The Best Ways to Give Feedback

Jul 03 2019

One of the surest ways to improve your management skills lies in the art of giving constructive feedback.

Communication expert Christine McMahon suggests a 6-step process that will help prepare your thoughts and then engage in an easy flowing conversation.

Building Brave Expert Christine McMahon

Christine McMahon


  1. State the purpose of the meeting: Thank you for meeting with me. I would like to talk to you about the X project and how a couple of recent decisions were made.
  2. State the positive intention: I know you’ve worked hard on this project and I appreciate your commitment.
  3. Ask questions or state the issue: I understand there was a glitch with X. I’m wondering if you could walk me through what happened after that issue became evident? When you learned the results were falling short of expectation, how did you proceed?
  4. State the issue or Ask questions: Based on those results, what did you do? Where are you now on the project timeline and what do you want to happen next?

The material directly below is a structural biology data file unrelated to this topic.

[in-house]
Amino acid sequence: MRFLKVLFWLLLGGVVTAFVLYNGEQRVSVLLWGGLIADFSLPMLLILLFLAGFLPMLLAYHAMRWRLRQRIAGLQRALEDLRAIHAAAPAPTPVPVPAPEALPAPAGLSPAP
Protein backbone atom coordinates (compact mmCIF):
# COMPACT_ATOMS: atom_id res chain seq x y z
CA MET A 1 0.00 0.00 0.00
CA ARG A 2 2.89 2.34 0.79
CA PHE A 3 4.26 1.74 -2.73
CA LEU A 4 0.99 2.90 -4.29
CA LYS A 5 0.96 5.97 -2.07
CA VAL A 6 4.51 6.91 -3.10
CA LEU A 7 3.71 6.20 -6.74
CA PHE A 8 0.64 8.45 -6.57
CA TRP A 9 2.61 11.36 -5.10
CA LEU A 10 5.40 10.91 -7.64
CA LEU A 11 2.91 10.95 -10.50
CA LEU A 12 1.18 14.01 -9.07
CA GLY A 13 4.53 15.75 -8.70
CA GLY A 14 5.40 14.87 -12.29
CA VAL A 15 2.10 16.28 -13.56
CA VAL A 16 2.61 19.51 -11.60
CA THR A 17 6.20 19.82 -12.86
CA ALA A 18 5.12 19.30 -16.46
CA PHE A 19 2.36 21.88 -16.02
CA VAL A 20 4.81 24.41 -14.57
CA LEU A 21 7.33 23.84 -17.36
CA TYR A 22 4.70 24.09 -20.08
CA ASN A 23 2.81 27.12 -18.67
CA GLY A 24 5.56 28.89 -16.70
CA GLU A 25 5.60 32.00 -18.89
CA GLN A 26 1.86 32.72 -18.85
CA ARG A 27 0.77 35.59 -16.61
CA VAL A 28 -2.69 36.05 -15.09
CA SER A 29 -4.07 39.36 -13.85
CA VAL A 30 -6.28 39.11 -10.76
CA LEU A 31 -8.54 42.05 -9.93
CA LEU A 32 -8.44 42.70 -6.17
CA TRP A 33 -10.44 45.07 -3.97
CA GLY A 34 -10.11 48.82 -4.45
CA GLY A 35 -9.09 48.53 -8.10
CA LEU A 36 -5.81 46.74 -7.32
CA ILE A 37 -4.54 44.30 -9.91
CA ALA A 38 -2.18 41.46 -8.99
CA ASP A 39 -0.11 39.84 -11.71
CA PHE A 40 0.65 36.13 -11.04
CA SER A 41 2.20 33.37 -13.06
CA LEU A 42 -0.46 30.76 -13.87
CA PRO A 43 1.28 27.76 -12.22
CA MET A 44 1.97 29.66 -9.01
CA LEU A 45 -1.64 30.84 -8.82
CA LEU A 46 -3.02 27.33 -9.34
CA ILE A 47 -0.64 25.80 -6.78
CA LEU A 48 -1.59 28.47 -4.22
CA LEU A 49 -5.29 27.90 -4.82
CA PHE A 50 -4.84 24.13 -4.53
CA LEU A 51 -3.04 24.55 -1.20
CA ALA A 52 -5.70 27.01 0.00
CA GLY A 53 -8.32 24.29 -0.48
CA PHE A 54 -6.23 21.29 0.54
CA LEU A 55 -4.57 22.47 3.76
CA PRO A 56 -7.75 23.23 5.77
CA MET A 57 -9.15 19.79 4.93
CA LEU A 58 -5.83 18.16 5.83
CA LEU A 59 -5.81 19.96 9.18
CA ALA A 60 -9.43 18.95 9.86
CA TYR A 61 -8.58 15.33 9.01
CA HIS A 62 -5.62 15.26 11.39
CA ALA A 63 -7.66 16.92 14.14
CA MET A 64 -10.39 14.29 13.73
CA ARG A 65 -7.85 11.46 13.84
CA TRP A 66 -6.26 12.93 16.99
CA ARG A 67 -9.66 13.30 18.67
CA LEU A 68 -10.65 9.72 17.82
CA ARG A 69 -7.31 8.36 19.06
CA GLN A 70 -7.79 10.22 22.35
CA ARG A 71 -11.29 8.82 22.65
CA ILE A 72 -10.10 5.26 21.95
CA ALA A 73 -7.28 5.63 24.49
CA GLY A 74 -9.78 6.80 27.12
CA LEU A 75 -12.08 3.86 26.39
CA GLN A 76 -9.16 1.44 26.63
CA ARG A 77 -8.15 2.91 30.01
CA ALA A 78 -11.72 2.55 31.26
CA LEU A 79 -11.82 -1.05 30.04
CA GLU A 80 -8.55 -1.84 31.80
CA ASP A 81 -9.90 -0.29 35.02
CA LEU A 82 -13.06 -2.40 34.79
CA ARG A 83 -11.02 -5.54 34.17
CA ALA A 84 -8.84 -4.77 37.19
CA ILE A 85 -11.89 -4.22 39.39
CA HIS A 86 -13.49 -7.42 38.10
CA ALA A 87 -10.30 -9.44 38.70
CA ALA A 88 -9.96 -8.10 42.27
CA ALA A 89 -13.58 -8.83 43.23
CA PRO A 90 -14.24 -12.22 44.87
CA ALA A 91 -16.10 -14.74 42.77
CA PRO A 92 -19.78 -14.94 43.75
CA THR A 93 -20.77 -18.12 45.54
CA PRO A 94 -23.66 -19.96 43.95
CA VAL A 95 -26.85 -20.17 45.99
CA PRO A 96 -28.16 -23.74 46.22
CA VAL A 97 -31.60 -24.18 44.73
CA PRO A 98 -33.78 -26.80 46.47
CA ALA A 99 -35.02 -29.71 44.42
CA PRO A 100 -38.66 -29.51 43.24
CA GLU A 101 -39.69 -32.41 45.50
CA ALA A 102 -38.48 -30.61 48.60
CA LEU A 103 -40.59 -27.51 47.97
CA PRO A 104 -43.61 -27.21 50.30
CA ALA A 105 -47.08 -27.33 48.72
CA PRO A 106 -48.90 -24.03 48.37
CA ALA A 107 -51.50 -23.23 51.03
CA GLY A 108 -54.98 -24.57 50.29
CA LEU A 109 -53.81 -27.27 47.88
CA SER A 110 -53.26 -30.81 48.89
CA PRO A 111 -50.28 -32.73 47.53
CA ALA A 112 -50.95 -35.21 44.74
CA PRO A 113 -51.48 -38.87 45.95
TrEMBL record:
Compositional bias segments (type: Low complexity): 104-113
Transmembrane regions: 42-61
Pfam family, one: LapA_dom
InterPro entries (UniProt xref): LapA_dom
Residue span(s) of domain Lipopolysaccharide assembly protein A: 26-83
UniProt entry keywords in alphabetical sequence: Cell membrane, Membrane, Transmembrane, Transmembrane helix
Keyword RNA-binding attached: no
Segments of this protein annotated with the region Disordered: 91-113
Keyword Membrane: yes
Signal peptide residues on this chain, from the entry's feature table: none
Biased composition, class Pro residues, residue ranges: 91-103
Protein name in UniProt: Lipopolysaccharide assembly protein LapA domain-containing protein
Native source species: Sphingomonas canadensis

5. Explore solutions: Would it be okay if we brainstormed some options together?
  6. Define and confirm next steps: Okay, so we have three initial options and it seems we both like option 1 best. Do you agree?

Relationship expert Lisa Merlo-Booth  believes feedback is a tremendous gift for all of us when given with a clean energy and no ulterior motives. It helps us grow and learn.

Building Brave Expert Lisa Merlo-Booth

Lisa Merlo-Booth

Give feedback directly and with compassion. You’re responsible for how you give feedback, not how the person receives it. Too often people try to sugar coat or dance around an issue when giving feedback, which increases the chances of confusion and lack of clarity about what exactly is being said.  

  1. Deliver feedback one-on-one, not in front of a group.
  2. Have clean energy when you deliver feedback, free from contempt, disgust or intense judgement (people make mistakes, your job is to help them learn from it– not beat them up about it).
  3. Speak to the issue keeping all comments focused on the specific behavior at hand and the consequences of those behaviors, not character traits of the person who did the behavior.
  4. Be specific about what needs to change, improve, or what you want going forward (without concrete suggestions, feedback turns into a complaint.
  5. Reward accountability – often people struggle with receiving feedback and being accountable. Be sure to tell people when they do a nice job handling feedback rather than spinning it into defensiveness or anger.

Download Building Brave’s Mobile Mentoring app for more advice from professional women at all ages and stages. Get guidance for your specific situation, or consider fresh voices and perspectives.



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About the Author

Meghan Wollack


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